Your horse will inevitably have to travel for any number of reasons. Even if all the travel arrangements are made by your stable, you’ll want to know the proper protocols for yourself. There are a couple of reasons for this:
A large part of keeping your horse healthy on a trip has to do with how it is stabled at the destination. You will undoubtedly be involved in this. Changes in your horse’s health may manifest themselves in ways that you—as your horse’s chief companion—are likely to notice before anyone else does. So let’s tick through them.
If the current pandemic has taught us anything, it is to be mindful of infectious diseases. Nearly all the procedures and precautions discussed here relate to preventing your horse from contracting something during its travels, and avoiding transmission of anything it might pick up along the way.
This is also the time to make sure all your horse’s vaccinations are up to date. If any vaccinations will be required, make sure this is done at least a month before departure. In the same way a flu shot can affect you, horses can suffer mild symptoms from their shots. Not only can this make the trip unpleasant, it may affect their performance. Neither is good.
In transit, your horse should always wear leg protection such as travel boots. Horses fidget during their journey and hoof strikes on adjacent legs are common. Even if the wound is not serious at first, any open spot can turn into a painful problem that travel boots can easily prevent.
On longer trips, make sure your horse is adequately hydrated throughout. If your horse is not a big drinker away from home, consider cutting up some apple and putting it in water. Also, a feedbag will add to their comfort; ad-lib forage should be provided, supplemented by small amounts of hard feed if it is a long trip. Extra bedding will give them a comfortable stance. Depending on how long the trip will be, you might also consider leg bandages to prevent fluid build-up in the legs.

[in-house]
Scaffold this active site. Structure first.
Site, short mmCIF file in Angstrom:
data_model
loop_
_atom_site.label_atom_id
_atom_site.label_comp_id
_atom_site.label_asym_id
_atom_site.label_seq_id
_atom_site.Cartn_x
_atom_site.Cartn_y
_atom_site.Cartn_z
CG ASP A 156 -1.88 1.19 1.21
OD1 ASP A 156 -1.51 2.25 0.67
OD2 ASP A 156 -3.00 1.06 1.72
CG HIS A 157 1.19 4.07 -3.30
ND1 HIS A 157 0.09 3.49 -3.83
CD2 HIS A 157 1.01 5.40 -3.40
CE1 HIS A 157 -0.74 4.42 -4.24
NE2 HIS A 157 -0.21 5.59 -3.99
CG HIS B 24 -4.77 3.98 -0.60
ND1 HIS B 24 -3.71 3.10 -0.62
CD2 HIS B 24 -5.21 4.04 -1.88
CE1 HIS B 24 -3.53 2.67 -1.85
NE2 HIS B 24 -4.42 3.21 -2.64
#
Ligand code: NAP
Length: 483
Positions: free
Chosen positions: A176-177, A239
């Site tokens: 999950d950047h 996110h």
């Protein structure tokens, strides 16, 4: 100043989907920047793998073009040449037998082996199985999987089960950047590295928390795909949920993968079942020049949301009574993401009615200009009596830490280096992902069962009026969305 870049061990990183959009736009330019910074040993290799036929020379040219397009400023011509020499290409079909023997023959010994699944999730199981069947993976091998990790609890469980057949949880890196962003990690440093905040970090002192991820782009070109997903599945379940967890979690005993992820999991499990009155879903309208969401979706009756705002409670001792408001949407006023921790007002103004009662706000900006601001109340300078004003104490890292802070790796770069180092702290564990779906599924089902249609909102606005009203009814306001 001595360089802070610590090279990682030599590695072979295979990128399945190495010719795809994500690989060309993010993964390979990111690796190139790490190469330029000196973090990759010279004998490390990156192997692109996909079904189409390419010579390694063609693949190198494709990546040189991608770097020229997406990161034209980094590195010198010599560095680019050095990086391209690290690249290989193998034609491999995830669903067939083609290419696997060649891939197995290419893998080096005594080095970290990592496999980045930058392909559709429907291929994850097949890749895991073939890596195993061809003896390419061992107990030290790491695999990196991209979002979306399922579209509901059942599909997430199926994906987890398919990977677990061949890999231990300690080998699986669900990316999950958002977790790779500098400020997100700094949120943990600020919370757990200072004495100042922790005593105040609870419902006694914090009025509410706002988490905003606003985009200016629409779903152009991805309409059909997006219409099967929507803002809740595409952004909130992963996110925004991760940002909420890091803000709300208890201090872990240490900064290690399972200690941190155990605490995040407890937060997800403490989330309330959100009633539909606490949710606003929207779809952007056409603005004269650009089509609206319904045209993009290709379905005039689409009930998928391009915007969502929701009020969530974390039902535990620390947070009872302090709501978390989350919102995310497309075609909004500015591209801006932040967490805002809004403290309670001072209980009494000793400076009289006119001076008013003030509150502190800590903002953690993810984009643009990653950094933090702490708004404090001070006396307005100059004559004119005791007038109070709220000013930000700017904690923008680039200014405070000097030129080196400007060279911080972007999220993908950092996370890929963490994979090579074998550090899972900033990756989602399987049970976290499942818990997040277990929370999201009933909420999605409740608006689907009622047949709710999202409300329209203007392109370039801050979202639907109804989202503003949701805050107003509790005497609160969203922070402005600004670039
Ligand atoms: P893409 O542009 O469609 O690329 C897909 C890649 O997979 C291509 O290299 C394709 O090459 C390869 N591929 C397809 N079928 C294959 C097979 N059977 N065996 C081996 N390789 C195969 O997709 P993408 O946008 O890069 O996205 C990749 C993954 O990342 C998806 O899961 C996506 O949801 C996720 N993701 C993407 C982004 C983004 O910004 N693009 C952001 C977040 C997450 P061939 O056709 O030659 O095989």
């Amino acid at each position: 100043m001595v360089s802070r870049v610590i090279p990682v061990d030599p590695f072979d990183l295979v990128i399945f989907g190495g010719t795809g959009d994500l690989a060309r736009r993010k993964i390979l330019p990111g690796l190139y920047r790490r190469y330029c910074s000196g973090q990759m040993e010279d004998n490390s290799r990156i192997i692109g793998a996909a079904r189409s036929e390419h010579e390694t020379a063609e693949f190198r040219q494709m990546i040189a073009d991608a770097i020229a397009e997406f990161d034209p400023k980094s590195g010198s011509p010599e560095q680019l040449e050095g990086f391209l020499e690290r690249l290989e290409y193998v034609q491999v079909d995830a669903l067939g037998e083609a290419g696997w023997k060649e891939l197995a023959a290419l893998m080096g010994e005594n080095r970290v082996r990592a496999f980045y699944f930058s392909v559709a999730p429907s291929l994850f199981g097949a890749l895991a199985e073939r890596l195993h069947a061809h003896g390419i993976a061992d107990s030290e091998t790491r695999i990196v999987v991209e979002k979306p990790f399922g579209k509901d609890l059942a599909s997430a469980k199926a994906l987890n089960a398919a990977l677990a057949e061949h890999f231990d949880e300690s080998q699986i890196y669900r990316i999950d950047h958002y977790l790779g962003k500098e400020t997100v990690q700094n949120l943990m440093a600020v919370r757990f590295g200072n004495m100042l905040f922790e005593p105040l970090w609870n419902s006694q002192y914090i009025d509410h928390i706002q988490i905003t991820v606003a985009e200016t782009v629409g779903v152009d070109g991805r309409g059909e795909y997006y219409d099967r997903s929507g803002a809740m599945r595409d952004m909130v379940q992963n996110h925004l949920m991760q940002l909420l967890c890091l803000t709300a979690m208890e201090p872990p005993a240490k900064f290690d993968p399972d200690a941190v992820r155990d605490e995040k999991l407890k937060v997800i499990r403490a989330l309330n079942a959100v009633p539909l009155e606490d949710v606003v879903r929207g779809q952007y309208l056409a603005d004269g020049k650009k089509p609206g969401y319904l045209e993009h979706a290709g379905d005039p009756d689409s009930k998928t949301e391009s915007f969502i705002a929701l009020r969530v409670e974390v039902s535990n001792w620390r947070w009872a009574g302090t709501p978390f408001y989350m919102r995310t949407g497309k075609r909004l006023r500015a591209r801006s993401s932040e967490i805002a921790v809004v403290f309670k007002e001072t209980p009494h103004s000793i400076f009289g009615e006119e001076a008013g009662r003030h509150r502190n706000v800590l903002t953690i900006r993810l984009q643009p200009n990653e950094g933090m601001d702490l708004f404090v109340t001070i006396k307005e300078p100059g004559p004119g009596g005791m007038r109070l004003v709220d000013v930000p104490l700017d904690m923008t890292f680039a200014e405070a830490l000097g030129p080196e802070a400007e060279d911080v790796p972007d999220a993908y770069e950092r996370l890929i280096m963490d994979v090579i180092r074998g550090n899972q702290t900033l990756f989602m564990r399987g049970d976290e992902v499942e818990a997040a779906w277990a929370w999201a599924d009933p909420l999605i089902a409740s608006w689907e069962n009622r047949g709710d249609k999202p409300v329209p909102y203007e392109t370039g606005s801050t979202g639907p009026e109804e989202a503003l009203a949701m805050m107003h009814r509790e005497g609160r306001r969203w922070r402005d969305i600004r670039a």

As soon as you arrive at your destination, make sure the assigned stall is completely cleaned of all old bedding. If this is not possible, at least make sure the stable is clean and all feces, old food, and other debris is removed. This is the source of most biohazards for horses. Once the stall is clean, use a disinfectant to completely sanitize the space. After you’ve laid out clean bedding, provide fresh water from a running source (not standing water). Change the water frequently during your time at the event grounds.
During the event, make every effort to avoid tracking feces or loose hay into the stall by picking your horses feet out every time they leave or enter their stable, as well as your own boots. These are the chief transmitters of communicable diseases in horses. However, airborne disease is a much more serious threat. Try to refrain from having your horse nuzzle or touch other horses that are not from your barn. Direct contact can transmit ringworm. Even a seemingly healthy horse can be an asymptomatic carrier of diseases like equine herpesvirus, influenza, or strangles.
Upon returning to your home stable, keep your horse as isolated as possible from stablemates for two weeks… for the sake of the other horses. Sanitize all your tack, horse boots, grooming kits, and any other items that may have picked up microbes along the way. And keep a sharp eye out for any unusual behavior that might suggest illness or injury.
These precautions may seem onerous at first. But they are actually easy habits to build. By turning them into your normal travel routine, you—and your horse—will be free to enjoy new places and rewarding events.